The Emirati Foreign Ministry, in turn, said in a statement that “the step confirms that the UAE government is keen to restore relations between the two brotherly countries back to normal,” and that the move is “to activate the Arab role in supporting Syria’s independence, sovereignty, unity and safety and prevent the dangers of regional intervention in Syria’s Arab affairs.”
Abu Dhabi’s dramatic U-turn comes about seven years after the UAE – along with Saudi Arabia, Qatar, Egypt and Bahrain – suspended Syria’s membership in the Arab League.
Eight years of Syrian resistance proved to the Emirates and other regional states that Syria is capable of thwarting all Western-Arab plots against it and keep standing strong. That is why they are speeding past one another to fix their ties with Damascus.
Besides Sudan, the UAE and Bahrain, Jordan is also reported to be considering normalizing with Syria. It seems the first state that came out in support of anti-Damascus militants has now changed course and is seeking to become the first state to send an ambassador to Syria.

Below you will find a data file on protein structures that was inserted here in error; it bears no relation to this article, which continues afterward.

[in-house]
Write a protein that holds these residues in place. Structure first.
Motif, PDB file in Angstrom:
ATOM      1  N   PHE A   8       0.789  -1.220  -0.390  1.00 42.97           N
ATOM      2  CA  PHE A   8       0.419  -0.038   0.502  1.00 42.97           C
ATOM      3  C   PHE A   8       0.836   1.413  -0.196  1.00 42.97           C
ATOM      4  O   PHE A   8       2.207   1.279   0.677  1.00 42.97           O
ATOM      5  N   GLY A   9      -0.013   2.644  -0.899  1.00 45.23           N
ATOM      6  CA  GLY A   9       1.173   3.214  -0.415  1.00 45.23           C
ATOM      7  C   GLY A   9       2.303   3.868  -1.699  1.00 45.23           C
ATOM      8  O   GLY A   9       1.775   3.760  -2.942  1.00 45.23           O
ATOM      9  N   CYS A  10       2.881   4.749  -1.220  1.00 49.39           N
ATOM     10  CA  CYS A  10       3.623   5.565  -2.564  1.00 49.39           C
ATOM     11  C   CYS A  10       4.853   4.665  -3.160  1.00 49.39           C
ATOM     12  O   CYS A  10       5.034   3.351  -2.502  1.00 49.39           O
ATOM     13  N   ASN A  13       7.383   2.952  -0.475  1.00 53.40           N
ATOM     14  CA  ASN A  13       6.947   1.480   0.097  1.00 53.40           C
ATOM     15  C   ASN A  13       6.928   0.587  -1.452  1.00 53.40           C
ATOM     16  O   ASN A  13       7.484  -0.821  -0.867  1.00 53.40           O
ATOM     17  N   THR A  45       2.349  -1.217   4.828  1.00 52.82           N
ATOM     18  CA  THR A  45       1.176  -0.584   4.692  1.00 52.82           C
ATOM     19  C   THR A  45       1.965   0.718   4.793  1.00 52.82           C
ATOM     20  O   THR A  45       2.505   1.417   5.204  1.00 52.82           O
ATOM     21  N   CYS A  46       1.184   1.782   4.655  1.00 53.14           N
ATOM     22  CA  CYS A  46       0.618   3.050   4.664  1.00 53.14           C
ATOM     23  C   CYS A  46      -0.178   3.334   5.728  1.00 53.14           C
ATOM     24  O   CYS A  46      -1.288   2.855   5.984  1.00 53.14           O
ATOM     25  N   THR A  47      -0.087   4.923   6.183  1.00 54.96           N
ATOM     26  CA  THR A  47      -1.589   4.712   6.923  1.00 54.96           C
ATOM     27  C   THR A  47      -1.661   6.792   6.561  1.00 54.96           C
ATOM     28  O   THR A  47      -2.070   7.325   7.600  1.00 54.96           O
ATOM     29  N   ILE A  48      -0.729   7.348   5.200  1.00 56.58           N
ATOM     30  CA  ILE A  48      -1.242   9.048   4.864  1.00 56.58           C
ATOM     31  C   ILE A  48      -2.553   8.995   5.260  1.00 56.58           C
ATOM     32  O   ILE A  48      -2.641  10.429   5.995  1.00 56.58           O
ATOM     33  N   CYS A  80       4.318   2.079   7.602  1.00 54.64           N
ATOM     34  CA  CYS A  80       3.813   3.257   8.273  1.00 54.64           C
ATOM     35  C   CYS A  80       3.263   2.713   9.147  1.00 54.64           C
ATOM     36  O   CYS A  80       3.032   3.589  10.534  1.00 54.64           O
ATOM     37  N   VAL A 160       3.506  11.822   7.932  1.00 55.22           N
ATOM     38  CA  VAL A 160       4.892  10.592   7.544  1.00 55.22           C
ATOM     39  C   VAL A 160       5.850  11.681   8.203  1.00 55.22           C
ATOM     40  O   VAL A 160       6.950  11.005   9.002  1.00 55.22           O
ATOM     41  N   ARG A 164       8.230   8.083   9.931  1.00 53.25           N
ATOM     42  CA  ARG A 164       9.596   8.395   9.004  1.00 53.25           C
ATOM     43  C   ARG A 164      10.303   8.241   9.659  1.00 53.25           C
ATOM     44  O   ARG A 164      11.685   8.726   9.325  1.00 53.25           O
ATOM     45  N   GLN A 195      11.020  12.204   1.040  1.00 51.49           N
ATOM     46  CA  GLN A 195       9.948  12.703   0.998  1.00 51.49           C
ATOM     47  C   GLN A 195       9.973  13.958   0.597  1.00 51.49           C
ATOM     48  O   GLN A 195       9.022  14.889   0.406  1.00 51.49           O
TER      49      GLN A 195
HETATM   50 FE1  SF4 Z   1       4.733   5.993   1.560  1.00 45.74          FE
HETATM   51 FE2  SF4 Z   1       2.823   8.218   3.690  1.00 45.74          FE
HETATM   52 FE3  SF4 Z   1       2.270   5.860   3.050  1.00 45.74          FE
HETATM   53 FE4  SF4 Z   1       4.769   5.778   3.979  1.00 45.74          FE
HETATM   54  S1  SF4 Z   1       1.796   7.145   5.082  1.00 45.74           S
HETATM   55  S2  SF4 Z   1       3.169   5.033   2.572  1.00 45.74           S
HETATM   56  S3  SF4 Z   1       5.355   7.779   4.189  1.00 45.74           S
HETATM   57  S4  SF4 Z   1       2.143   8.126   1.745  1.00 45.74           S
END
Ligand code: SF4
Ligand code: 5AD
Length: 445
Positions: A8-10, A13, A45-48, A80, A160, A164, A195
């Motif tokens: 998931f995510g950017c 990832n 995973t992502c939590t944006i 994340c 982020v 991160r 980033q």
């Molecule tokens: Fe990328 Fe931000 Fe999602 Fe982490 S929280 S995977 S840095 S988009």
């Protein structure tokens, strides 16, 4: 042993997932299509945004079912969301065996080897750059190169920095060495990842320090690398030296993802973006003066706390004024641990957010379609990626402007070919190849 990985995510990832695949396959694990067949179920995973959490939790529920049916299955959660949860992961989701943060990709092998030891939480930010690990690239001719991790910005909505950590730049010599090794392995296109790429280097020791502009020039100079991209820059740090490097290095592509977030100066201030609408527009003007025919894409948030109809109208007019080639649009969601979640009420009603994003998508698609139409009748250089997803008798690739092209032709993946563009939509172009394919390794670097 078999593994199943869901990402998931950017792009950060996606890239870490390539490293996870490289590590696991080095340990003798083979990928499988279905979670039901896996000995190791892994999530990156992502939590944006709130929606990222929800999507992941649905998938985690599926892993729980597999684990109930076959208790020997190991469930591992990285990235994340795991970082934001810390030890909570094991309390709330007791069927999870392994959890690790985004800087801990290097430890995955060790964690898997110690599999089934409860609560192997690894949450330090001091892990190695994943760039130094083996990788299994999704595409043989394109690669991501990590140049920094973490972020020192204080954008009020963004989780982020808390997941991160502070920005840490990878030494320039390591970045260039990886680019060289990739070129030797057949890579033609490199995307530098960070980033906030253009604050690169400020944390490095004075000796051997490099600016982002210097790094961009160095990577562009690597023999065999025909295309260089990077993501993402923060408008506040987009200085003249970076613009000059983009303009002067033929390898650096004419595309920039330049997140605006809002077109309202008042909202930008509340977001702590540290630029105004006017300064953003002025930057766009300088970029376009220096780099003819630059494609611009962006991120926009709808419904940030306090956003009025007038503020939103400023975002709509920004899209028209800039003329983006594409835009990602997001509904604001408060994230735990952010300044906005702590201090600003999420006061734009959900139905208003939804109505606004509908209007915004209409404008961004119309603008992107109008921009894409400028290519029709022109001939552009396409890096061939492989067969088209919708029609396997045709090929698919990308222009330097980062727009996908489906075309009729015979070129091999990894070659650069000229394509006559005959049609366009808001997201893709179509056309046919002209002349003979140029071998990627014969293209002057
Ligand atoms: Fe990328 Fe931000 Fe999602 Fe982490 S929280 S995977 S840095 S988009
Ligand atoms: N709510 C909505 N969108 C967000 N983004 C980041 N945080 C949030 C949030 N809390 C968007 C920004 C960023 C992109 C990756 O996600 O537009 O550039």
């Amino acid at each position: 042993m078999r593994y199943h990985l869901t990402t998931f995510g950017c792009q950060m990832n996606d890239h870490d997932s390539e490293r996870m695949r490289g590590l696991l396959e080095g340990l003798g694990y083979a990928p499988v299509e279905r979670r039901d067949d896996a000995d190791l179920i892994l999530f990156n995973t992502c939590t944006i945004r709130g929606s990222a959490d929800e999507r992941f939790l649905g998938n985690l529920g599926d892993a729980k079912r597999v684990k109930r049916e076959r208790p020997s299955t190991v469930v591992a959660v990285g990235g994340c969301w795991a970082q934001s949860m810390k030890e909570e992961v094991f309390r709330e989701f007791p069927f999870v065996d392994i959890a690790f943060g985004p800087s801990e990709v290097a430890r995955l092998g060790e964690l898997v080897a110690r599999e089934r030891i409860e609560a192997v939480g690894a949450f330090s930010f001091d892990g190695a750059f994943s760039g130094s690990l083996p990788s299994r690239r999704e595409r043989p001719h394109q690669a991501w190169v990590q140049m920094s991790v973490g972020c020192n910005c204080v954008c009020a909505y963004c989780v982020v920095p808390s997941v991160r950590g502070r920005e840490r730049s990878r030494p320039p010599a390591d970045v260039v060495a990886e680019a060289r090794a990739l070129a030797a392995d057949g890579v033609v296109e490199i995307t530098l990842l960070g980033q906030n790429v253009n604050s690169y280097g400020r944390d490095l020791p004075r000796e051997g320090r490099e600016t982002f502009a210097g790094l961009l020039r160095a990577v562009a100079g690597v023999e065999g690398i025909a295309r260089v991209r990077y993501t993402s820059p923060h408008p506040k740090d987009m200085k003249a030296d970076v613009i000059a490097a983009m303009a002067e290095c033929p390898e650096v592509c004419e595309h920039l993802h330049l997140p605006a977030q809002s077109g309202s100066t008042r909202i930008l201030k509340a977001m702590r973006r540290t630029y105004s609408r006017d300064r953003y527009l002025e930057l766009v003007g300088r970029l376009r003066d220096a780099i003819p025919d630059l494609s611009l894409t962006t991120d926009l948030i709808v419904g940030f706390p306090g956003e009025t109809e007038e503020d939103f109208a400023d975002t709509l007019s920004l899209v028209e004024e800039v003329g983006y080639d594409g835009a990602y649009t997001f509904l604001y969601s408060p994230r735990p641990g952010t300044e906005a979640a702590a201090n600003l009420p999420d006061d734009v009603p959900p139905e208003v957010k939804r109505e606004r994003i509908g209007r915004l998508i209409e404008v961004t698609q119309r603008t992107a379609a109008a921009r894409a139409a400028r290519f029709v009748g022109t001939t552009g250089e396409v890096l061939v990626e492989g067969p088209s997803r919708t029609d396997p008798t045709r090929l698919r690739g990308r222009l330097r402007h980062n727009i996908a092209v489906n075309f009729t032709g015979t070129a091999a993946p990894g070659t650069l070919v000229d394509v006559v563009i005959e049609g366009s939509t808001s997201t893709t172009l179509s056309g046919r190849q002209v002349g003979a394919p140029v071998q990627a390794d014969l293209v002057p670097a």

“Our relations with Syria will be restored to where they were in the past,” said King Abdullah II on 23 December.
Meanwhile, the Saudi regime – a major sponsor of the Takfiri terrorists wreaking havoc on Syria – is apparently determined not to fall behind its allies. Lebanese MP Abdul Rahim Mrad, who acts as a mediator between Damascus and Riyadh, said Saudi Crown Prince Mohammed bin Salman showed no negative reaction to the idea of reviewing ties with Syria.
Mrad further said he would continue efforts to arrange a meeting between Saudi officials and Ali Mamlouk, Assad’s security advisor.
It seems 2018 could not have had a better ending for President Assad of Syria.
Germany’s Deutsche Welle wrote, “Syria enters 2019 with all signs pointing to it being re-accepted into the Arab fold. The diplomatic shift is a recognition that the war has been won and Arab states need to exert influence in a post-conflict Syria.”
The German broadcaster highlighted Tunisia’s efforts to get President Assad to attend an Arab League summit it is slated to chair later this year.
Resistance front's triumph
Prominent journalist Abdel Bari Atwan, the editor-in-chief of Rai al-Youm, recently described 2019 as the year of victories for the Syrian nation. The new year, he believes, will see the defeat of American plots in the region and the restoration of dignity to its people.
Atwan highlighted US failures in the region and said US President Donald Trump admitted that his country had vainly spent $7 trillion in the Middle East. He visited a base hosting American troops in Iraq as quietly as a mouse, while trembling with fear, the journalist added.